Artist Paul Gauguin is a complicated character in the canon. In the context of girl studies, he is immensely less noble than in traditional art history. He left his wife and children in France and went to find paradise in French Polynesia in the early 1890s citing his opposition to ‘civilized’ modern urban society in Europe. Here Gauguin strongly criticized Europe’s role in the loss of innocence and traditional ways of Tahitian life, but at the same time he took his presumed right of sexual favor with young Tahitian girls, thus contributing in equal measure to Europe’s corrupting position.
His paintings of very young Tahitian girls are indeed beautiful, but is this because they were intended to be sexual and artistic muses for both himself and the viewer? This makes them problematic. Gauguin had multiple affairs and had married and fathered a child with a 13 year old within his first year abroad. This portrait of his young wife, Tehamana, shows the cultural and psychological distance between his and her worlds.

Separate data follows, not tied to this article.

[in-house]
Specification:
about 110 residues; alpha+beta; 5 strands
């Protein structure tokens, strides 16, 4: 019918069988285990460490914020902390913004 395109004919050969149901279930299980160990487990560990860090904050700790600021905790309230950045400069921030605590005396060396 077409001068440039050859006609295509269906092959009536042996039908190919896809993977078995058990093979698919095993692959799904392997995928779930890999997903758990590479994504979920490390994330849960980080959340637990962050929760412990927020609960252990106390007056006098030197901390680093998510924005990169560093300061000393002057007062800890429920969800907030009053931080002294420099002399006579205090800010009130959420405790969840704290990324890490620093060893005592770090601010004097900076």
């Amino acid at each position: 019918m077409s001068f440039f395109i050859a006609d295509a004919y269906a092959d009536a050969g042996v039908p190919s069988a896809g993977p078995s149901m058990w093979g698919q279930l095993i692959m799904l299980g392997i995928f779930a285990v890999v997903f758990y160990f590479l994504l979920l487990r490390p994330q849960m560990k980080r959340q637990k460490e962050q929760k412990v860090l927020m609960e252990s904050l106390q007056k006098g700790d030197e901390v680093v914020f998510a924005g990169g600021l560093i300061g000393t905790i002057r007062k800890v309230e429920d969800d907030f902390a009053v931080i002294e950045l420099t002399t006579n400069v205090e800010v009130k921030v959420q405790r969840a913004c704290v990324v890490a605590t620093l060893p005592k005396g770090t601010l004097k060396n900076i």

Unusually, she is shown fully clothed in European dress, which Gauguin would have disliked as this would symbolize the civilizing and Christianizing of the Tahitian people. Tehamana herself may not be fully accepting of these missionary influences, and she is shown within a scene that evokes her cultures’ traditions, albeit inaccurately.
The title, Merahi metua no Tehamana or Tehamana has many ancestors also demonstrates her social context- she belongs, whereas he does not.